Make-over is working for the Nar

You might never have thought it worth a second look, as you cross it on the A10 by the little bridge at Setchey.

But you'd be surprised what's in the Nar.

Its upper and middle reaches have just been named one of Britain's 10 most improved rivers by the Environment Agency.

Coarse fish are thriving in its middle reaches, after engineers got to work on the morphology of the river.

The word, which caused some amusement on BB Radio Norfolk's breakfast show yesterday, describes the way a river flows and changes, silting here, scouring there.


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The Nar was morphing about as much as a squished squirrel before the engineers got to work.

Like many of our lesser lowland rivers, it had been 'improved' over the centuries with its course straightened, banks raised and weirs built. Net result, a soul-less river.

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Improvements have included riffles, deeper pools and meanders. These are encouraging wild trout – both brown and sea-going – to stick about.

While the middle reaches don't look much as the river rushes between high flood banks, there are fish to be found for the stealthy.

There are chub – incredible hard chub, it has to be said – in the stretch between Pentney Abbey and Setchey. There are also pike lurking here and there under the streamer weed.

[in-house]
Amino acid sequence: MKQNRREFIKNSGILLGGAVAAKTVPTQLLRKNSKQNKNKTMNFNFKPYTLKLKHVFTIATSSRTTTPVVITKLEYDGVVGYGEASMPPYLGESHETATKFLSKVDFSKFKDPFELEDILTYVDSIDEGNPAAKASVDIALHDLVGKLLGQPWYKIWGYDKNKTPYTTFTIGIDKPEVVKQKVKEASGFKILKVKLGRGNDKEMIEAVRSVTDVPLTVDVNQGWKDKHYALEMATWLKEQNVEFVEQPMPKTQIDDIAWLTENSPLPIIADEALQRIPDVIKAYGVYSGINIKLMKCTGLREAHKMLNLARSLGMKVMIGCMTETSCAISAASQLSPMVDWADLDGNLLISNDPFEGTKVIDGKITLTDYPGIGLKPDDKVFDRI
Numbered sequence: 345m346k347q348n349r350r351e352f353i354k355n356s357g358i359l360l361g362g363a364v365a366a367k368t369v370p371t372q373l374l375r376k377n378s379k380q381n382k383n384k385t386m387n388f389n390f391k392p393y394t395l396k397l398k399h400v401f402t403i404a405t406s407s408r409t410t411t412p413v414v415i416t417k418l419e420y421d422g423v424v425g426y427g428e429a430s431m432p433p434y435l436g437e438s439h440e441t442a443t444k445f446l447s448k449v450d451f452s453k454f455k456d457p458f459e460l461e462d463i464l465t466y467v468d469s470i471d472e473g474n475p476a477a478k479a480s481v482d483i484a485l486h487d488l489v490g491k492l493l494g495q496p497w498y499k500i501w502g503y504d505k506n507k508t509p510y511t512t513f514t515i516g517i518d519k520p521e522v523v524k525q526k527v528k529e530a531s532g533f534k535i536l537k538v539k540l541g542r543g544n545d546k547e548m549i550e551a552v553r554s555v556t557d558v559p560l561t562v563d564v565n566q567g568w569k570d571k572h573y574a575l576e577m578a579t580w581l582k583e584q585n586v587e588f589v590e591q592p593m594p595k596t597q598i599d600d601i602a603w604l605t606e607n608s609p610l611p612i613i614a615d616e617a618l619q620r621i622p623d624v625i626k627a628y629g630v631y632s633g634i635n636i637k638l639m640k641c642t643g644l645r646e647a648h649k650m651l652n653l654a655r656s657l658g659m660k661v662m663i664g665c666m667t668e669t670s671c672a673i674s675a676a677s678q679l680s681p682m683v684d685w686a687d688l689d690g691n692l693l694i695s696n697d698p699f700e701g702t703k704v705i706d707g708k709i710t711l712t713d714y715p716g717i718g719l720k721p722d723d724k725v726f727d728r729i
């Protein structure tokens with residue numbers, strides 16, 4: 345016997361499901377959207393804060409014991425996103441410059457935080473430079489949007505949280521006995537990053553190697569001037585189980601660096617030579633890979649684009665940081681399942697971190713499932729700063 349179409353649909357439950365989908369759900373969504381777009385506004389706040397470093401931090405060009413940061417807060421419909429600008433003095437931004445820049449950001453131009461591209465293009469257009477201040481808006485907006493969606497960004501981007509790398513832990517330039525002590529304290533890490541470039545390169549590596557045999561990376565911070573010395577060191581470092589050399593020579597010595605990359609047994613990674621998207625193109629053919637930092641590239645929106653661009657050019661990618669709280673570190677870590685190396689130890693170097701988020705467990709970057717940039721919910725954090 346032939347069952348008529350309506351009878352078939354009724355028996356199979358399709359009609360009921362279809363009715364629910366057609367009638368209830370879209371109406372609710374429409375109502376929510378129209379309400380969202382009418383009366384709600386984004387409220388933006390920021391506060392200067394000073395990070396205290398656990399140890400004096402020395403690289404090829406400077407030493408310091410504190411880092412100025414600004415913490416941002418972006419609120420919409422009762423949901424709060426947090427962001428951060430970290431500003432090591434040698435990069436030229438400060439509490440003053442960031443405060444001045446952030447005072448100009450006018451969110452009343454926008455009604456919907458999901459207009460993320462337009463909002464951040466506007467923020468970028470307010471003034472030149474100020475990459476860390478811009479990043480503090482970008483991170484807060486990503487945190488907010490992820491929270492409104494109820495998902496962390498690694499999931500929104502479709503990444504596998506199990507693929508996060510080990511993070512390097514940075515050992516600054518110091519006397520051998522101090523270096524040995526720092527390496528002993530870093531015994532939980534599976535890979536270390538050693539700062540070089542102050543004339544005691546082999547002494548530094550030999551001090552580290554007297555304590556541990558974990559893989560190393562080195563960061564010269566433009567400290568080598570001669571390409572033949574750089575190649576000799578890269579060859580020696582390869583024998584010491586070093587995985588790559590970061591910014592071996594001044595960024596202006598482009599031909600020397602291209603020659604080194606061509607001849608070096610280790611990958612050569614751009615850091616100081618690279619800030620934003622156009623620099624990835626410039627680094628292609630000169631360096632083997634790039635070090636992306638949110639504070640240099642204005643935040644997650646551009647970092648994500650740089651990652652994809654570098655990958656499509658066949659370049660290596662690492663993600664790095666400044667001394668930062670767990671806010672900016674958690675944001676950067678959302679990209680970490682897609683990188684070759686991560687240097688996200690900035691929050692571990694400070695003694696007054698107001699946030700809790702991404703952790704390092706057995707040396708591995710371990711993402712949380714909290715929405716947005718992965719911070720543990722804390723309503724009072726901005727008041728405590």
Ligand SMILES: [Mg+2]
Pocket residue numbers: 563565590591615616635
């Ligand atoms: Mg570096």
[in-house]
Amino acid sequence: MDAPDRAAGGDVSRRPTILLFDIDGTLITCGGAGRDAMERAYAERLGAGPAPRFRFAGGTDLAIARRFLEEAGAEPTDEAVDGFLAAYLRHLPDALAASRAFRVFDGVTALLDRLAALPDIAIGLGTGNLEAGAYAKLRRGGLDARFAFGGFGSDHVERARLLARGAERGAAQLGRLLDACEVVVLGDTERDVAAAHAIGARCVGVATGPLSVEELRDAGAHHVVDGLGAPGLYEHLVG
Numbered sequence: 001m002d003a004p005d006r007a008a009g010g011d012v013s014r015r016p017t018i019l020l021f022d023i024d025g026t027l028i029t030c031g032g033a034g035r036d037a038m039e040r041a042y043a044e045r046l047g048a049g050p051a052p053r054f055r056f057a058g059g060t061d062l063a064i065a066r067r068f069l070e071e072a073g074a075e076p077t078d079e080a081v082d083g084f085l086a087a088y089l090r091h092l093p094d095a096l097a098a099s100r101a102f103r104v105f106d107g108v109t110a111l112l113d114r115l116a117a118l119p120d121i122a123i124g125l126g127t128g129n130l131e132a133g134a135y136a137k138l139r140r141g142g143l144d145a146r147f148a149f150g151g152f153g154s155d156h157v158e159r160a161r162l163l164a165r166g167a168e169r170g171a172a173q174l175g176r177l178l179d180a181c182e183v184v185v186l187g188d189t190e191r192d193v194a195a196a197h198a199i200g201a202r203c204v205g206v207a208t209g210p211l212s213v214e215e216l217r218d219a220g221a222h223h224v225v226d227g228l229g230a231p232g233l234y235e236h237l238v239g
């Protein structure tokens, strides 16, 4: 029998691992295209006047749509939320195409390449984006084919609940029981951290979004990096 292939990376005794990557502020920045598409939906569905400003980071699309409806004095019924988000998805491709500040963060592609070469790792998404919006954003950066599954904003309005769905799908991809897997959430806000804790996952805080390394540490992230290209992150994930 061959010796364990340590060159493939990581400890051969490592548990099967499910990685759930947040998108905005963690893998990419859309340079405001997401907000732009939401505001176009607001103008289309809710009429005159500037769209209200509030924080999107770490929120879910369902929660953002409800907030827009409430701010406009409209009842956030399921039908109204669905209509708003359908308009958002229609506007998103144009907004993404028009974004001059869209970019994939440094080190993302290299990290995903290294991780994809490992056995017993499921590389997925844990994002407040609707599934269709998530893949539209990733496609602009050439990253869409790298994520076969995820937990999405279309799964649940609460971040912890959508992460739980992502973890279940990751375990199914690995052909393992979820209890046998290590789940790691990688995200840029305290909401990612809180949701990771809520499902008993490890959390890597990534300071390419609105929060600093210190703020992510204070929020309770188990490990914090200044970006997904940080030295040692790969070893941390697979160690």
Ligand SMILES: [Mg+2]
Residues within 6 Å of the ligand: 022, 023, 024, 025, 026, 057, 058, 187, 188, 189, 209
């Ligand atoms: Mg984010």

You need a Nar Valley ticket to fish some of this, downstream of High Bridge at Blackborough, it's free.

Talking of pike, the Broadland Pike Conference is taking place on Sunday (10am-4pm) at Sewell Park College, in Norwich.

Speakers include Eddie Turner, Neville Fickling, Graham Booth, Bill Palmer, and Steve Younger.

There will also be stalls including Chico's lures, Angling Direct, Billy's Backbiters, ET tackle, Seastrike Boats, Norwich Pike Club and the British Pike Squad.

There will also be books, rig-making and casting demonstrations. Admission is �5, with all proceeeds going towards a conservation DVD.

It's very much conference season for the next few weeks, with many heading to the PAC Convention at kettering on Saturday, October 1 – where this year's highlights include a day of free junior coaching workshops.

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